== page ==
This is the system used by the EPA and environmental extremists to control which chemicals and fertilizers farmers use on their crops. The TMDL (Total Maximum Daily Load) program, is a back-door way to control what farmers put on the ground. By regulating the maximum quantity of a particular chemical that may be in a stream, the regulator can control the use of that chemical by any one whose ground water drains into the stream.
Chlorine was targeted to be banned in the early 1990s by Greenpeace and the World Wildlife Fund. The proposed method at that time was to list chlorine as one of the chemicals that could not be found in municipal ground water runoff, under the NPDES (National Pollution Discharge Elimination System) program. Then-Congressman Bill Richardson tried unsuccessfully in two sessions of Congress to enact this legislation.
Environmental extremists are never defeated; they are sometimes delayed, but always come back again with the same objective wrapped in a new program. The POPs treaty is far more potent than the NPDES, or the TMDL programs in the U.S, as a weapon to end the use of chlorine, and shut down industry to force a reduction or elimination of "unsustainable patterns of production and consumption."
Consider the loss of PVC plastics. It is almost impossible to comprehend a world without plastic. Narrow the consideration to just PVC pipe - and try to imagine the world without it. Before PVC, galvanized pipe supplied water to kitchens and bathrooms. The pipe itself was quite expensive, and the laborers who installed it commanded premium wages. Were we forced to return to galvanized pipe, the cost of homes would soar.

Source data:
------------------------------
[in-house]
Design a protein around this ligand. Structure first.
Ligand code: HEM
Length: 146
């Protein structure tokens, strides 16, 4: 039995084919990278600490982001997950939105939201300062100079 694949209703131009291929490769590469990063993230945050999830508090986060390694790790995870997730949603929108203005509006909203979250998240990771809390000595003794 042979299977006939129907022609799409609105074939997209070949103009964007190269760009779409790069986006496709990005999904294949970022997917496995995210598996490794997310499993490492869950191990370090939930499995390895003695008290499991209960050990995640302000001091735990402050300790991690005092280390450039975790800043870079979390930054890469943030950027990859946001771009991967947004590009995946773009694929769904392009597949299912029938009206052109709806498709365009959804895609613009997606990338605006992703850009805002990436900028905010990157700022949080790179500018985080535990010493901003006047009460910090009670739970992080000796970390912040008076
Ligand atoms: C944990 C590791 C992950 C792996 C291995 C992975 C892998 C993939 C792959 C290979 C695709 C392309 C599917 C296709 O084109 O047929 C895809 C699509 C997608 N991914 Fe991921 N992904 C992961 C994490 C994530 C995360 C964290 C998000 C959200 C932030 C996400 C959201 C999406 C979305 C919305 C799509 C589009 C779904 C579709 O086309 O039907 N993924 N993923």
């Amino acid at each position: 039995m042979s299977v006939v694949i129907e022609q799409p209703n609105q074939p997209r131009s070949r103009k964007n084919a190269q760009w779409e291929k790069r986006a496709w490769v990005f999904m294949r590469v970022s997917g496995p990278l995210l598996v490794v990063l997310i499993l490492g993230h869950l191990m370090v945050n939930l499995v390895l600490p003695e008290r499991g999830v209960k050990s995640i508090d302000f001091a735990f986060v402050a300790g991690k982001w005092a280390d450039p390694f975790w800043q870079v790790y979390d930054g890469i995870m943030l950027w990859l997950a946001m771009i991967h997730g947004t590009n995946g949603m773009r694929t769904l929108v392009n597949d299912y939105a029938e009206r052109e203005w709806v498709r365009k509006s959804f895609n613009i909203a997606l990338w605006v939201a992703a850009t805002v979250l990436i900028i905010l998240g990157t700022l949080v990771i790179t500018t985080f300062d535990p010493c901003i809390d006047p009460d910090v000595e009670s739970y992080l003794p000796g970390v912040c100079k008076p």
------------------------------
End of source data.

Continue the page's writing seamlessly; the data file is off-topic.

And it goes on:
The metal required to make the pipe would not be available in sufficient quantities to meet the demand because the environmental extremists have shut down nearly all mining operations.
Consider packaging, and medical supplies without plastic. Are housewives ready to go back to waxed paper and aluminum foil? Look around the room at what you would have to do without if plastics were banned. Environmental extremists know that the public would never allow a head-on attack on plastic. But the public will allow a treaty to control cancer-causing dioxins. Once the treaty is in place, the legal authority is established, and little by little, the noose can (and will) be tightened around the production and consumption patterns around the world, particularly in the United states.
The POPs treaty, by virtue of authorizing control over these four chemicals, gives to the Conference of the Parties, the authority to set policies which can govern the production of most coatings and paints, glues, lubricants, a wide range of construction materials, appliances, household furnishings, medicines, medical supplies, pesticides, herbicides, and other products that Americans have come to rely on.
The treaty will have to be ratified by the U.S. Senate, which has now perfected a process which results in ratification without any debate, or a recorded vote. The previous Senate ratified 34 treaties in one fell swoop on October 18, by a voice vote and a show of hands. Included in the package was the U.N. Convention on Desertification.,
Proponents of the POPs treaty could well use this process again and get the treaty ratified with virtually no opportunity to even register opposition or examine the possible negative consequences. The treaty will become international law when it is ratified by 50 nations, quite probably before the Rio+10 celebration in Johannesburg, South Africa in the Summer of 2002.
The Treaty will create a permanent Secretariat, with a permanent annual budget, that will grow each year, as has every other treaty secretariat since 1992. The growing staff will have to identify new chemicals to ban and control, and monitor to justify their existence. It is yet another mechanism created within the United Nations to reach its tentacles out to control yet another facet of human life.
This is the essence of global governance in progress.
Other related articles: (open in a new window)
© 1996-2018, Enter Stage Right and/or its creators. All rights reserved.